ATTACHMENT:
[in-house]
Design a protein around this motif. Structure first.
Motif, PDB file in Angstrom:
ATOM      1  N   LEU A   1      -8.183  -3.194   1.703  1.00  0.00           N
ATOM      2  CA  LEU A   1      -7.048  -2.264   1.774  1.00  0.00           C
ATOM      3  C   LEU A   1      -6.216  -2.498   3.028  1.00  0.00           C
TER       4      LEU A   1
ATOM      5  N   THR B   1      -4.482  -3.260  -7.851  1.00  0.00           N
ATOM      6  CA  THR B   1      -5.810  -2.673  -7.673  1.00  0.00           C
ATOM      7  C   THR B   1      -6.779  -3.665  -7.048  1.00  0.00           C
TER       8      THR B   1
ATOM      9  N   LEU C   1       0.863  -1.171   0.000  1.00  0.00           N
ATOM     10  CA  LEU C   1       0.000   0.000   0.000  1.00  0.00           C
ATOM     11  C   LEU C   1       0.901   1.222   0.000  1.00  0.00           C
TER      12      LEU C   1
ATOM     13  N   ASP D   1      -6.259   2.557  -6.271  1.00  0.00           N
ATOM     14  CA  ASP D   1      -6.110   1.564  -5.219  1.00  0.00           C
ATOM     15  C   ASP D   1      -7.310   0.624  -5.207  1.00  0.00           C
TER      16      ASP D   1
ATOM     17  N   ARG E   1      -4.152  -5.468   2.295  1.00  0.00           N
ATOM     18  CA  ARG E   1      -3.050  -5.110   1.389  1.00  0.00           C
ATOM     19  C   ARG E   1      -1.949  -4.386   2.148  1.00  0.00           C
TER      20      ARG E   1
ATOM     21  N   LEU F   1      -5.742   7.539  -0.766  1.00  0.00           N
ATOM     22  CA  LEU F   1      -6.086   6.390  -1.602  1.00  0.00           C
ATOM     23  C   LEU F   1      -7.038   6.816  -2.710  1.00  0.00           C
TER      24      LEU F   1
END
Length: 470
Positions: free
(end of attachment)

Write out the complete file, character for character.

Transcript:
[in-house]
Design a protein around this motif. Structure first.
Motif, PDB file in Angstrom:
ATOM      1  N   LEU A   1      -8.183  -3.194   1.703  1.00  0.00           N
ATOM      2  CA  LEU A   1      -7.048  -2.264   1.774  1.00  0.00           C
ATOM      3  C   LEU A   1      -6.216  -2.498   3.028  1.00  0.00           C
TER       4      LEU A   1
ATOM      5  N   THR B   1      -4.482  -3.260  -7.851  1.00  0.00           N
ATOM      6  CA  THR B   1      -5.810  -2.673  -7.673  1.00  0.00           C
ATOM      7  C   THR B   1      -6.779  -3.665  -7.048  1.00  0.00           C
TER       8      THR B   1
ATOM      9  N   LEU C   1       0.863  -1.171   0.000  1.00  0.00           N
ATOM     10  CA  LEU C   1       0.000   0.000   0.000  1.00  0.00           C
ATOM     11  C   LEU C   1       0.901   1.222   0.000  1.00  0.00           C
TER      12      LEU C   1
ATOM     13  N   ASP D   1      -6.259   2.557  -6.271  1.00  0.00           N
ATOM     14  CA  ASP D   1      -6.110   1.564  -5.219  1.00  0.00           C
ATOM     15  C   ASP D   1      -7.310   0.624  -5.207  1.00  0.00           C
TER      16      ASP D   1
ATOM     17  N   ARG E   1      -4.152  -5.468   2.295  1.00  0.00           N
ATOM     18  CA  ARG E   1      -3.050  -5.110   1.389  1.00  0.00           C
ATOM     19  C   ARG E   1      -1.949  -4.386   2.148  1.00  0.00           C
TER      20      ARG E   1
ATOM     21  N   LEU F   1      -5.742   7.539  -0.766  1.00  0.00           N
ATOM     22  CA  LEU F   1      -6.086   6.390  -1.602  1.00  0.00           C
ATOM     23  C   LEU F   1      -7.038   6.816  -2.710  1.00  0.00           C
TER      24      LEU F   1
END
Length: 470
Positions: free